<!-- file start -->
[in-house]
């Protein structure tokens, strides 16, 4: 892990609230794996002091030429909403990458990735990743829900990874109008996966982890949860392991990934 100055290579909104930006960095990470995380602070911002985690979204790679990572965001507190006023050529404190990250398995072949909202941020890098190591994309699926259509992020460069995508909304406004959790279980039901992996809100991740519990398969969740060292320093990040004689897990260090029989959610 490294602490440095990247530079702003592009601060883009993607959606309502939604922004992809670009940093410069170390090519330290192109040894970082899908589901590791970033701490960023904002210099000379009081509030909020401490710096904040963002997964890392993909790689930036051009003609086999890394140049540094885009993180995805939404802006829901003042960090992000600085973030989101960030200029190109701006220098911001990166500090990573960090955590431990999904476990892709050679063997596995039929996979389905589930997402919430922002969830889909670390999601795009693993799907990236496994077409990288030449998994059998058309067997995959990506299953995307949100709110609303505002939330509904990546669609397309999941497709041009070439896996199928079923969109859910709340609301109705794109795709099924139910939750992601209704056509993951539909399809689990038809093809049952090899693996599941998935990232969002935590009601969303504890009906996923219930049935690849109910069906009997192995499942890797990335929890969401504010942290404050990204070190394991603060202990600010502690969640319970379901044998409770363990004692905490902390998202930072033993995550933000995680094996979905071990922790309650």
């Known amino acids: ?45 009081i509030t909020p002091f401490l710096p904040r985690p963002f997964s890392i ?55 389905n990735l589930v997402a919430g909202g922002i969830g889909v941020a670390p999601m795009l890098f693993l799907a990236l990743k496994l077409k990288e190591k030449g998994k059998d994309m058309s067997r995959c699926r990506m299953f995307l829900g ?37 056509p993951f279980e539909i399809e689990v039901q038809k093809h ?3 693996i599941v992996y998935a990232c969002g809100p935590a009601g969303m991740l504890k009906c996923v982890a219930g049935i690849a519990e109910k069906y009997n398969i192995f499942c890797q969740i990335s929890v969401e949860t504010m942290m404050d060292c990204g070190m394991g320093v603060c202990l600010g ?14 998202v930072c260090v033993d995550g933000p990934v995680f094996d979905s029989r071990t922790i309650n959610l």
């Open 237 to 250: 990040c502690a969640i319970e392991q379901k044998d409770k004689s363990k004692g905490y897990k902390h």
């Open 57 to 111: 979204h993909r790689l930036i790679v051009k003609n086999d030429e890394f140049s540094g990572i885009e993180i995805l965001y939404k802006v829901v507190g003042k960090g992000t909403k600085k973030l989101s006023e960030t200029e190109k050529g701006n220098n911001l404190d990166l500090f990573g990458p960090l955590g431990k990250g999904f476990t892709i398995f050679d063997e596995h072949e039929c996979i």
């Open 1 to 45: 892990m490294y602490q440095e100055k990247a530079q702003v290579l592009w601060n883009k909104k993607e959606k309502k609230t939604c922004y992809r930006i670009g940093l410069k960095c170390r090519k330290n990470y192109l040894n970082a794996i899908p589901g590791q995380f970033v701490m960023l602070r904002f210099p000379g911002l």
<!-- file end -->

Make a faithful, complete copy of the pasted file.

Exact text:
[in-house]
């Protein structure tokens, strides 16, 4: 892990609230794996002091030429909403990458990735990743829900990874109008996966982890949860392991990934 100055290579909104930006960095990470995380602070911002985690979204790679990572965001507190006023050529404190990250398995072949909202941020890098190591994309699926259509992020460069995508909304406004959790279980039901992996809100991740519990398969969740060292320093990040004689897990260090029989959610 490294602490440095990247530079702003592009601060883009993607959606309502939604922004992809670009940093410069170390090519330290192109040894970082899908589901590791970033701490960023904002210099000379009081509030909020401490710096904040963002997964890392993909790689930036051009003609086999890394140049540094885009993180995805939404802006829901003042960090992000600085973030989101960030200029190109701006220098911001990166500090990573960090955590431990999904476990892709050679063997596995039929996979389905589930997402919430922002969830889909670390999601795009693993799907990236496994077409990288030449998994059998058309067997995959990506299953995307949100709110609303505002939330509904990546669609397309999941497709041009070439896996199928079923969109859910709340609301109705794109795709099924139910939750992601209704056509993951539909399809689990038809093809049952090899693996599941998935990232969002935590009601969303504890009906996923219930049935690849109910069906009997192995499942890797990335929890969401504010942290404050990204070190394991603060202990600010502690969640319970379901044998409770363990004692905490902390998202930072033993995550933000995680094996979905071990922790309650």
């Known amino acids: ?45 009081i509030t909020p002091f401490l710096p904040r985690p963002f997964s890392i ?55 389905n990735l589930v997402a919430g909202g922002i969830g889909v941020a670390p999601m795009l890098f693993l799907a990236l990743k496994l077409k990288e190591k030449g998994k059998d994309m058309s067997r995959c699926r990506m299953f995307l829900g ?37 056509p993951f279980e539909i399809e689990v039901q038809k093809h ?3 693996i599941v992996y998935a990232c969002g809100p935590a009601g969303m991740l504890k009906c996923v982890a219930g049935i690849a519990e109910k069906y009997n398969i192995f499942c890797q969740i990335s929890v969401e949860t504010m942290m404050d060292c990204g070190m394991g320093v603060c202990l600010g ?14 998202v930072c260090v033993d995550g933000p990934v995680f094996d979905s029989r071990t922790i309650n959610l």
């Open 237 to 250: 990040c502690a969640i319970e392991q379901k044998d409770k004689s363990k004692g905490y897990k902390h």
């Open 57 to 111: 979204h993909r790689l930036i790679v051009k003609n086999d030429e890394f140049s540094g990572i885009e993180i995805l965001y939404k802006v829901v507190g003042k960090g992000t909403k600085k973030l989101s006023e960030t200029e190109k050529g701006n220098n911001l404190d990166l500090f990573g990458p960090l955590g431990k990250g999904f476990t892709i398995f050679d063997e596995h072949e039929c996979i």
């Open 1 to 45: 892990m490294y602490q440095e100055k990247a530079q702003v290579l592009w601060n883009k909104k993607e959606k309502k609230t939604c922004y992809r930006i670009g940093l410069k960095c170390r090519k330290n990470y192109l040894n970082a794996i899908p589901g590791q995380f970033v701490m960023l602070r904002f210099p000379g911002l």